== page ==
Aviles was traded to the Red Sox from the Kansas City Royals last year at the trading deadline. Overall, he hit .255 with seven home runs and 39 RBI. His wins above replacement was at zero last year, which doesn't bode well for the Red Sox. I wouldn't be surprised if Aviles doesn't stay as the starter throughout the season.
Aybar hit .279 with 10 home runs and 59 RBI. In the field he committed 13 errors, which ranks in about the middle of the league. His wins above replacement mark was at 4.7, which isn't bad considering his mediocre offensive numbers.
Peralta showed he liked Detroit more than Cleveland last year, hitting .299 with 21 home runs and 86 RBI. Add in the fact that he only committed seven errors in the field, giving the Tigers a very good shortstop. With a 4.4 wins above replacement mark, Peralta is starting to show that he'll be in the Tigers' lineup for years to come.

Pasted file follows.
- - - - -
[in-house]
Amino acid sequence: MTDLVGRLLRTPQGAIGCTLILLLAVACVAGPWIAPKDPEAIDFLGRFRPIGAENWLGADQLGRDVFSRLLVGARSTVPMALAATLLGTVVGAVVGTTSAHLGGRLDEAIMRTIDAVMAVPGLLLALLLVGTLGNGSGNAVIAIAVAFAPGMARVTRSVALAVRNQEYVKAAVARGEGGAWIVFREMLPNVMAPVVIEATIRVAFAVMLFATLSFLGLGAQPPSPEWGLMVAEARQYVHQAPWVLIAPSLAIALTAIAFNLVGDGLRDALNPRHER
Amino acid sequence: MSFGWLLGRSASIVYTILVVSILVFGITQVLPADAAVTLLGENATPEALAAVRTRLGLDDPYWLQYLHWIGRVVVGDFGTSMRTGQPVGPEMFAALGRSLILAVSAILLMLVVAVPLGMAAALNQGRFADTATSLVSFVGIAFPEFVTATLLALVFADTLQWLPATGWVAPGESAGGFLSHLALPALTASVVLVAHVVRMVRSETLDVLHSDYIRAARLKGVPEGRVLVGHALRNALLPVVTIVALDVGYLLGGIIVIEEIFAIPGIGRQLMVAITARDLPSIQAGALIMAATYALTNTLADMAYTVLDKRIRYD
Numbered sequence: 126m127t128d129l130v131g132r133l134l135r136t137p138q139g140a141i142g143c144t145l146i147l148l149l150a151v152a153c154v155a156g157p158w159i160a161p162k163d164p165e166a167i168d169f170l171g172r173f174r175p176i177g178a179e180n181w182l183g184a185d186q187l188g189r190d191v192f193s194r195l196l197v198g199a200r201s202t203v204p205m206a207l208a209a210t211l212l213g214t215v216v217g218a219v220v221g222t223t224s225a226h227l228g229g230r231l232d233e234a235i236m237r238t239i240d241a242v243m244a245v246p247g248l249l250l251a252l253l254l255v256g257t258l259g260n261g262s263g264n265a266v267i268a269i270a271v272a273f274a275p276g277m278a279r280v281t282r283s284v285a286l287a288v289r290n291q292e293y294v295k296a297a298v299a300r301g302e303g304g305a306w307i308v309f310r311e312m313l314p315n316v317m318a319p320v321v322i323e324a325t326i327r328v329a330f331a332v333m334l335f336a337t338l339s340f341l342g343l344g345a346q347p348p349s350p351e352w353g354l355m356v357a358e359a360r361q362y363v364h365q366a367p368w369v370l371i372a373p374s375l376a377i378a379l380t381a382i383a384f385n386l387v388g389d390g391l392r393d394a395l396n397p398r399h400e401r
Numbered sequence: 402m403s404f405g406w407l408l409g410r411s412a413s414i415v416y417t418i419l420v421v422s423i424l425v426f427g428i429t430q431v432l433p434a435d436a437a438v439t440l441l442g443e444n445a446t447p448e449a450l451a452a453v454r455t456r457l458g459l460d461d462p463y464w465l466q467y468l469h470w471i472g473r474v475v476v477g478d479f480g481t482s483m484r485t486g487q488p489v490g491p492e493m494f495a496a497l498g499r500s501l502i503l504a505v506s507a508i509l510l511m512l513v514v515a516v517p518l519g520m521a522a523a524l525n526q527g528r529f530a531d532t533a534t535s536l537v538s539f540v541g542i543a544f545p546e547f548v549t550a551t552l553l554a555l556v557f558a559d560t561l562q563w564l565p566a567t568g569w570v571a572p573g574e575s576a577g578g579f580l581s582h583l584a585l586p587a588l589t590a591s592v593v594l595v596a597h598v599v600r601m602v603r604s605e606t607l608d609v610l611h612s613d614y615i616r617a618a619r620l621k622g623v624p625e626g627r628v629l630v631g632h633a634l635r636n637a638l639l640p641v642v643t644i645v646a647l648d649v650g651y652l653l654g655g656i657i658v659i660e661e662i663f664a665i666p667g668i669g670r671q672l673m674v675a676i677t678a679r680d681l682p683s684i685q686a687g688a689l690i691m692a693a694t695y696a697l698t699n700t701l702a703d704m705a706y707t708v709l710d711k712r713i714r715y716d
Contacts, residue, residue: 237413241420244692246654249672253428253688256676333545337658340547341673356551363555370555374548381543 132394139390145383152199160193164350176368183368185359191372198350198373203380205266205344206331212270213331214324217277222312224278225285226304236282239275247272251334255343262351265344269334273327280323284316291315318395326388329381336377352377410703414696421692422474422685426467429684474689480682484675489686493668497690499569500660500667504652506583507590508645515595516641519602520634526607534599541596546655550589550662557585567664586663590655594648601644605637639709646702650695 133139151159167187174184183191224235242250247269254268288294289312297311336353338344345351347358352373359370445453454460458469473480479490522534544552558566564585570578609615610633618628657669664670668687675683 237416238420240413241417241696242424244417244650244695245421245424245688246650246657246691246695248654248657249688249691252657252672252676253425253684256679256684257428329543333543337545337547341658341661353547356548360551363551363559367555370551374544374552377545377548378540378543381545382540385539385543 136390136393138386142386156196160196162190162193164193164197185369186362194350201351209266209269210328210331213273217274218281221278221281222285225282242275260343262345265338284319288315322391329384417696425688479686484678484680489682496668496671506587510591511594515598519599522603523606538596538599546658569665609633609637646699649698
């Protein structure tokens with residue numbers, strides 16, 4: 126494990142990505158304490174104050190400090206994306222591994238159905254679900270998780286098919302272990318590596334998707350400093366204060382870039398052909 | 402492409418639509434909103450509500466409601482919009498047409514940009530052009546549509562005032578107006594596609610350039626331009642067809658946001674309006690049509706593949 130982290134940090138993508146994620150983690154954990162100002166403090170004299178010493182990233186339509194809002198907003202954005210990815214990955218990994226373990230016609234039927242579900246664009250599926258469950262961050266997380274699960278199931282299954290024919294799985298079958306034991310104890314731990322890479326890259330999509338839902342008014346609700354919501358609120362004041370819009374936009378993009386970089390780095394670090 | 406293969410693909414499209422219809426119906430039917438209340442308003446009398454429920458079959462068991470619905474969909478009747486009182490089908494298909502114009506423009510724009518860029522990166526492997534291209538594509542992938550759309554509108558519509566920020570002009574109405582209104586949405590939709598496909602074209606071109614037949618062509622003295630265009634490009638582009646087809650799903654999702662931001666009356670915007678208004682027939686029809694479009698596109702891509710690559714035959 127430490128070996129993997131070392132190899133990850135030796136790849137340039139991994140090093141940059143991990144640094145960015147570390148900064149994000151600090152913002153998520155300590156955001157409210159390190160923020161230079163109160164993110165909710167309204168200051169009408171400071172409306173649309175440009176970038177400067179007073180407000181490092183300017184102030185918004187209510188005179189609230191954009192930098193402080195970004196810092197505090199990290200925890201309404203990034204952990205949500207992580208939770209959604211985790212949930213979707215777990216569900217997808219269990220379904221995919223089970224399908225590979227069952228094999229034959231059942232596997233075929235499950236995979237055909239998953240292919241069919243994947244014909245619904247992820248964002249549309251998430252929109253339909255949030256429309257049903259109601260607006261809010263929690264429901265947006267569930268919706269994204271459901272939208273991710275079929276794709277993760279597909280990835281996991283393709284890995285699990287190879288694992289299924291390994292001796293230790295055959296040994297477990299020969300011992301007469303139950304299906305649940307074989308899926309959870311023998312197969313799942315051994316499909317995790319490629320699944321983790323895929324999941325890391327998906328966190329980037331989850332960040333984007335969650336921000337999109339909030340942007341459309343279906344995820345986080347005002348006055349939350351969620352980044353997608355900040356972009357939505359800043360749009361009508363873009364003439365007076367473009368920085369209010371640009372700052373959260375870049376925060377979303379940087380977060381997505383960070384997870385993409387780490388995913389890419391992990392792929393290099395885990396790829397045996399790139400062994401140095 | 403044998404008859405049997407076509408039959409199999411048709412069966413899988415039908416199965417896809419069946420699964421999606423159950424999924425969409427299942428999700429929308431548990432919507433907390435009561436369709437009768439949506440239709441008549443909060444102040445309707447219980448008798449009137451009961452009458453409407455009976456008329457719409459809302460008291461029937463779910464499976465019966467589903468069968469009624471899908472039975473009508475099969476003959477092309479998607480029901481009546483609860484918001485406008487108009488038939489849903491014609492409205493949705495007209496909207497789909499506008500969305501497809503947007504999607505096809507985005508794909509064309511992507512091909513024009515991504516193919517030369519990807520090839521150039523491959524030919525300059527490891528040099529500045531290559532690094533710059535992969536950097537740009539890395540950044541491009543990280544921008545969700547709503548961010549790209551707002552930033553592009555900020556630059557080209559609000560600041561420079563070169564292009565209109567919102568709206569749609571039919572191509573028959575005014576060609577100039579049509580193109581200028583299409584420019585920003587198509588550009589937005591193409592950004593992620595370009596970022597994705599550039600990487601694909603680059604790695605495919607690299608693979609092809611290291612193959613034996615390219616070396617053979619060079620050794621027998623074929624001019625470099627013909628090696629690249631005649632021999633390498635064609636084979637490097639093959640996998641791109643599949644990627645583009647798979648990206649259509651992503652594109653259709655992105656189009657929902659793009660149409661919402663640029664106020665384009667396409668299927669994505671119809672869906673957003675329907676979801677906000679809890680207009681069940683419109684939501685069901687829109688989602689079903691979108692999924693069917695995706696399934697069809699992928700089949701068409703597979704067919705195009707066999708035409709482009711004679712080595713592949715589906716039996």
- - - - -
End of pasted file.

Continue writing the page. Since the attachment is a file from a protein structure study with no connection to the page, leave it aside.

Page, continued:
Advantage: Jhonny Peralta—with the addition of Prince Fielder, Peralta is in a much better position. Jeter is aging and Andrus has to work on his defense, so Peralta gains the advantage here.
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Ah, third base. One of the strongest positions between the five teams.
When looking at the players at third, you wonder who's going to get shut out of the All-Star Game. Between Alex Rodriguez (Yankees), Kevin Youklis (Red Sox), Adrian Beltre (Rangers), Miguel Cabrera (Tigers) and Alberto Callaspo (Angels), there's a lot of good players at the hot corner.